Another classic cocktail for the weekend. And after posting the Ancient Mariner, a tiki drink with a hard-to-find ingredient in allspice dram, we decided to go for a cocktail you can make almost anywhere. And the Pegu Club has been made and enjoyed just about everywhere.
The Pegu Club is named after an old-time (and now defunct) British colonial club in Rangoon,
Burma Myanmar. As with many colonial clubs they had their own cocktail, in this case a mixture of London dry gin (the British need their gin), Cointreau (or orange curacao), lime juice and a few bitters. A simple drink, but a very good one. And if you just thought “margarita with gin”, you are onto something. The Sidecar begets the Pegu Club and soon enough you get a Margarita. Old recipe + new booze= new cocktail. And so it goes.
Cocktail historians track the Pegu Club back to at least the 1920′s, when the drink became popular worldwide. It is listed as a popular cocktail in Harry Craddock’s Savory Cocktail Book from the 1930′s. Then after World War II, the Pegu faded from view as other cocktails emerged. But good cocktails never die, and sometimes they don’t fade away either. They re-emerge. Luckily the Pegu Club is making a comeback. It certainly helps that Audrey Sanders, widely considered one of the best bartenders in the world, opened her bar “The Pegu Club” in NYC many years ago and helped spur the cocktail revival. If you name your bar after a drink, it had better be good.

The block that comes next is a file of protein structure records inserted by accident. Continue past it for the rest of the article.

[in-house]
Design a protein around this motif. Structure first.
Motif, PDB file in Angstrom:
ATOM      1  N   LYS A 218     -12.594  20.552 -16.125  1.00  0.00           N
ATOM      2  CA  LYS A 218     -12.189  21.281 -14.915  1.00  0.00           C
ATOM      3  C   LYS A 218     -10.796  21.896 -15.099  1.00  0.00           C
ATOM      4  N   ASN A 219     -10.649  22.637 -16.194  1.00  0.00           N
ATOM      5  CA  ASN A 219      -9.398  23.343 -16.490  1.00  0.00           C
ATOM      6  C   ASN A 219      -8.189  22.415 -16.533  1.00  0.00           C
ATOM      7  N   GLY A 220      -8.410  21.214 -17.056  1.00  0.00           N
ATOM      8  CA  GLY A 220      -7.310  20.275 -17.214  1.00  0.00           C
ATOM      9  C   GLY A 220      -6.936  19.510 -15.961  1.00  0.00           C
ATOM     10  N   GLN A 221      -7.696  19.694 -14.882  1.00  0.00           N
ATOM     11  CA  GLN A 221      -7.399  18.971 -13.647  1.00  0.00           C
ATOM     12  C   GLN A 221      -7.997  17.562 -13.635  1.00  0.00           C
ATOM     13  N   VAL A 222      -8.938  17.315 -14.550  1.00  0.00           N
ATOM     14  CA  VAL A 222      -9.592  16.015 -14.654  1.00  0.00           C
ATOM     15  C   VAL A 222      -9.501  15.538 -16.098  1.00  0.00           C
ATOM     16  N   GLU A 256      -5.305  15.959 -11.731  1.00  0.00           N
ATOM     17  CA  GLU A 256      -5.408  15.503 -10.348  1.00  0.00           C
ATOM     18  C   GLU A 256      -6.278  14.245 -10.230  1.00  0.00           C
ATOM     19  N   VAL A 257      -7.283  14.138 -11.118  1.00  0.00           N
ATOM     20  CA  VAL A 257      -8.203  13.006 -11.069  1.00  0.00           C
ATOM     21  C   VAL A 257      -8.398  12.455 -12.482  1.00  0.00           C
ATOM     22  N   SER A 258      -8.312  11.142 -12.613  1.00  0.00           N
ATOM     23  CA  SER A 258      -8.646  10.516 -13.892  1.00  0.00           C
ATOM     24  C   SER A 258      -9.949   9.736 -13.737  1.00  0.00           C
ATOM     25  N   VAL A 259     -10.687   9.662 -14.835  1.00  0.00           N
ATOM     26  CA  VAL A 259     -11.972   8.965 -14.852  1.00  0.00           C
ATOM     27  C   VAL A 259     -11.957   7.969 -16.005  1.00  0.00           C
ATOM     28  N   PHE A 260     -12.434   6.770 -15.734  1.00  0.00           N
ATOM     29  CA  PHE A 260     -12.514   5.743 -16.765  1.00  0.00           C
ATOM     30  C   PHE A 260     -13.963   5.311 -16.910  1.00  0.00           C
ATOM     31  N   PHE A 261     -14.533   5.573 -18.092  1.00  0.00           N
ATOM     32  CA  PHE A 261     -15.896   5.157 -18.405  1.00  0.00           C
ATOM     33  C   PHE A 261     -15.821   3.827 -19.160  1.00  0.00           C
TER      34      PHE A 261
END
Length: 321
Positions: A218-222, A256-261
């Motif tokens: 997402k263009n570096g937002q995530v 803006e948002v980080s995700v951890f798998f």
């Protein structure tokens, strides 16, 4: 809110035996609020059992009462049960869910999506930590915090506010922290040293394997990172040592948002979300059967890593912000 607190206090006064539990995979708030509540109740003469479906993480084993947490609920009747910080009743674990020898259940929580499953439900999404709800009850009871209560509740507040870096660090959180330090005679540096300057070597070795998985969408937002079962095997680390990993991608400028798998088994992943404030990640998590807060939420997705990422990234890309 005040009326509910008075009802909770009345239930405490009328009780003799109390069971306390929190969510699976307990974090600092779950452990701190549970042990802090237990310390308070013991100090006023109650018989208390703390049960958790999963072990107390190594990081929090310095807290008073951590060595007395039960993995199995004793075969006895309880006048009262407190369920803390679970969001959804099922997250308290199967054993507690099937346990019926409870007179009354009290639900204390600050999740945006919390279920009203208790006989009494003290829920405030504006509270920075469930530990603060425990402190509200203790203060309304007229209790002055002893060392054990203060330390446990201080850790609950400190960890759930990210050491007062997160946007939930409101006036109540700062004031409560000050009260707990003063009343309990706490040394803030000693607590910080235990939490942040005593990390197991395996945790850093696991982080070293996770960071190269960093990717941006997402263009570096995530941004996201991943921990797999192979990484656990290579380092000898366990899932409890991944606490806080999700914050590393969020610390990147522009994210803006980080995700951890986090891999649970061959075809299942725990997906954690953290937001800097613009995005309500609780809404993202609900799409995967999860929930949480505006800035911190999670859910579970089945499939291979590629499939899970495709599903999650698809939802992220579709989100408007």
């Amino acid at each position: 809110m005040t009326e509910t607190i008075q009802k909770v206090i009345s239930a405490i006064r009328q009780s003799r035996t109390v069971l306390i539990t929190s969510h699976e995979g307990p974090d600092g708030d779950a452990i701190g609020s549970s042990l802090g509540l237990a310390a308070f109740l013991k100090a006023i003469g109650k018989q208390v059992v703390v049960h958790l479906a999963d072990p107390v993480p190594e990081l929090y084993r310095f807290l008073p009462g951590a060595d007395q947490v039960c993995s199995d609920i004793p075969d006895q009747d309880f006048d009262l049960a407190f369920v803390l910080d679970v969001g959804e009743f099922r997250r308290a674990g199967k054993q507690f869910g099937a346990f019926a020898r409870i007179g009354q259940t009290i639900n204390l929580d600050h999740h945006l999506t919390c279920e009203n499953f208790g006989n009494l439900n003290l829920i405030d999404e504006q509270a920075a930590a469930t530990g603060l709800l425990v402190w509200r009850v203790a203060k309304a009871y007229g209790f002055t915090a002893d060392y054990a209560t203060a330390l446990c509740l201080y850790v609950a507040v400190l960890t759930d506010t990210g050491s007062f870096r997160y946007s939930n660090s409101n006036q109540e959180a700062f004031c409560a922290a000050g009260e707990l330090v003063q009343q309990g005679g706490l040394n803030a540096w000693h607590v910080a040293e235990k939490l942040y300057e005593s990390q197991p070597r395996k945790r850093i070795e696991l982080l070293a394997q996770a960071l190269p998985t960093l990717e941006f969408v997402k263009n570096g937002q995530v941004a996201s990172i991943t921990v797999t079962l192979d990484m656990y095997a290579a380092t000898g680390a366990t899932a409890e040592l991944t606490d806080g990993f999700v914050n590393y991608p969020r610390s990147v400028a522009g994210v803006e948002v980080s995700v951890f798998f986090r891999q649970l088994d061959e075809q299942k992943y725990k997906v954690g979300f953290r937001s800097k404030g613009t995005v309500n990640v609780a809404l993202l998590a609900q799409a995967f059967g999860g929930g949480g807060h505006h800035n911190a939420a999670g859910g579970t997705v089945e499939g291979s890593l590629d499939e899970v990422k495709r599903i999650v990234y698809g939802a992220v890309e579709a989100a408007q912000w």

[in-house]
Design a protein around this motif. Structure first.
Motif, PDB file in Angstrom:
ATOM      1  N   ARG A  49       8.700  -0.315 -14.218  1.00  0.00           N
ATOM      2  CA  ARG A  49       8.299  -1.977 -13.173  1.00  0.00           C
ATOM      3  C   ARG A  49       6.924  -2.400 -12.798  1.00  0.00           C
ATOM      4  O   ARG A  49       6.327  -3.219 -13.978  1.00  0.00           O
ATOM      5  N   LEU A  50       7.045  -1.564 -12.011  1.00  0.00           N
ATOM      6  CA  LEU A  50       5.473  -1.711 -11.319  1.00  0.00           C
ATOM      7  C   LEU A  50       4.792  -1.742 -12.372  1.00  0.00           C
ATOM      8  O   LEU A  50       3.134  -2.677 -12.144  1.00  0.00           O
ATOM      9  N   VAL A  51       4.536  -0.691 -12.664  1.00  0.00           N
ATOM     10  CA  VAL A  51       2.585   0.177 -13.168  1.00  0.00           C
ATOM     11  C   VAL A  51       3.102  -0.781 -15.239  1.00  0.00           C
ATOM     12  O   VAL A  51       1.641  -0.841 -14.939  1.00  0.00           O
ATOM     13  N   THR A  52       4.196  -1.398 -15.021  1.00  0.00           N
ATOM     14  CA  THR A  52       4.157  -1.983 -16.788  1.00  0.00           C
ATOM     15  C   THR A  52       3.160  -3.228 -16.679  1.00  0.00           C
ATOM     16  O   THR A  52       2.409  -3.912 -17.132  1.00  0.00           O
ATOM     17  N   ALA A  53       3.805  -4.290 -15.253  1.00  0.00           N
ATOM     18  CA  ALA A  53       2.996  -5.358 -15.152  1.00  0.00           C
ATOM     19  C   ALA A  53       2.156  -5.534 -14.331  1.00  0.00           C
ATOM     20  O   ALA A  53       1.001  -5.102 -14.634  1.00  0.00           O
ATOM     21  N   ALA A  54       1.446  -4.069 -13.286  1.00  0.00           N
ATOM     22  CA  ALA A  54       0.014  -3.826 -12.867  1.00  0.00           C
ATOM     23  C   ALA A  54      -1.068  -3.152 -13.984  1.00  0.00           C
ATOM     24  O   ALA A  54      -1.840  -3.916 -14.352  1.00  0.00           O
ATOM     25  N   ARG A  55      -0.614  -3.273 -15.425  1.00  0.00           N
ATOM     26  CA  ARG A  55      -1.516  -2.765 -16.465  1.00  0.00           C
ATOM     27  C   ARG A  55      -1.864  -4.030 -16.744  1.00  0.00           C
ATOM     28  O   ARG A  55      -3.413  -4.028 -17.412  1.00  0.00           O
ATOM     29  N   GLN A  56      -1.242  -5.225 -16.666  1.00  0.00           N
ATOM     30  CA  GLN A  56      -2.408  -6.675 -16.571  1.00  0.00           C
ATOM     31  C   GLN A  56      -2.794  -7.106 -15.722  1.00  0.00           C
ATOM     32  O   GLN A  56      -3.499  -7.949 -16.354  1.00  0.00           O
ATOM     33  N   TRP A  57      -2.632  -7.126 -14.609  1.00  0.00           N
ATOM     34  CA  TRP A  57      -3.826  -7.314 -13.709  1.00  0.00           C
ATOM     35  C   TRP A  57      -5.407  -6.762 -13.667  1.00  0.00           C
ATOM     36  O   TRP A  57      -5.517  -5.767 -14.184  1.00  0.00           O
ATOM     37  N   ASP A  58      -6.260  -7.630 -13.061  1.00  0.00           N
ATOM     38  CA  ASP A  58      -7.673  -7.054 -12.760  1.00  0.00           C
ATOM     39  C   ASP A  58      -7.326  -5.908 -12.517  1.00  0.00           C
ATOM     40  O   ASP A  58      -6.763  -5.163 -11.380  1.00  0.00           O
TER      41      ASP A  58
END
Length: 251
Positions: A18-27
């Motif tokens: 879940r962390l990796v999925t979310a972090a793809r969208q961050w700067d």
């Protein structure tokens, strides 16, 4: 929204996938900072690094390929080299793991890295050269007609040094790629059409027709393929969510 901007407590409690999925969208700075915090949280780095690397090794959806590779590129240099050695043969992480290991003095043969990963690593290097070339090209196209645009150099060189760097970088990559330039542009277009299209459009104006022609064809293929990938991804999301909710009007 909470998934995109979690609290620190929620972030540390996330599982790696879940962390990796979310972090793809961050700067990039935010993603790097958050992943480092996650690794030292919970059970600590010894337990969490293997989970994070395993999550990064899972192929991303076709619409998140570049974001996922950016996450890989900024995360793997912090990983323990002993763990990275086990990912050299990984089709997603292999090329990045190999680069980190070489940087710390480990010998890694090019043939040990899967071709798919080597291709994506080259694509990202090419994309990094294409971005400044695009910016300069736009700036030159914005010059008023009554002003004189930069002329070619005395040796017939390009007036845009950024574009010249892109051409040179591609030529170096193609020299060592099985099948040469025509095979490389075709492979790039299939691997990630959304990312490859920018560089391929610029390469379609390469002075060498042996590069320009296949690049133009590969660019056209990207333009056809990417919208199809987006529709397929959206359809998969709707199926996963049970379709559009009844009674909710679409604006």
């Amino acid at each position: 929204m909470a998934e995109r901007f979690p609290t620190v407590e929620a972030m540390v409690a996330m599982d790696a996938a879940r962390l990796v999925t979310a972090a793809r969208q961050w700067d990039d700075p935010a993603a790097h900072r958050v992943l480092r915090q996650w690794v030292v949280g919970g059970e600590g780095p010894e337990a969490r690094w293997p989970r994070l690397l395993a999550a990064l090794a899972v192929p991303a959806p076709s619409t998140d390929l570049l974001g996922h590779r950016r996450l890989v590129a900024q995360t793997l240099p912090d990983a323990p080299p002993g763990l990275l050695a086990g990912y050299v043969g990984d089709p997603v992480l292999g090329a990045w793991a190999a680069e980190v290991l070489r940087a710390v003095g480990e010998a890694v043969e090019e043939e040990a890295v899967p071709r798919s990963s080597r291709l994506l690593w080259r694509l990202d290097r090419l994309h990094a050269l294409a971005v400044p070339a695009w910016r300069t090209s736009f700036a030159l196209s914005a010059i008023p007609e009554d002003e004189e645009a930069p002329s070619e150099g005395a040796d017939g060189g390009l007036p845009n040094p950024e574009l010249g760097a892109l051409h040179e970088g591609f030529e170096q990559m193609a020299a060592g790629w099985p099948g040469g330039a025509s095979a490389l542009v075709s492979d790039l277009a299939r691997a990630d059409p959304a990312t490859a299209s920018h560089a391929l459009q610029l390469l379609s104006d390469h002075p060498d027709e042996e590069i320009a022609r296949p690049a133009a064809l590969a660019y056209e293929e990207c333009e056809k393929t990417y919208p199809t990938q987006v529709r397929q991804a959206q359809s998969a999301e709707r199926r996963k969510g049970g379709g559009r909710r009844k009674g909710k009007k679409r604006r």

And it is very good. Openly sour, but smooth and with enough sweetness from the Cointreau and spice from the bitters, the Pegu Club goes down
almost too easy. But as it was a “club” drink, the Pegu Club is still an elegant creation. If you have to put on a collared shirt (or, god forbid, dress-up) this weekend, the Pegu Club would be an excellent companion. And if you are grilling and listening to baseball on the radio with your family, and we hope you are, the Pegu Club can hold its own.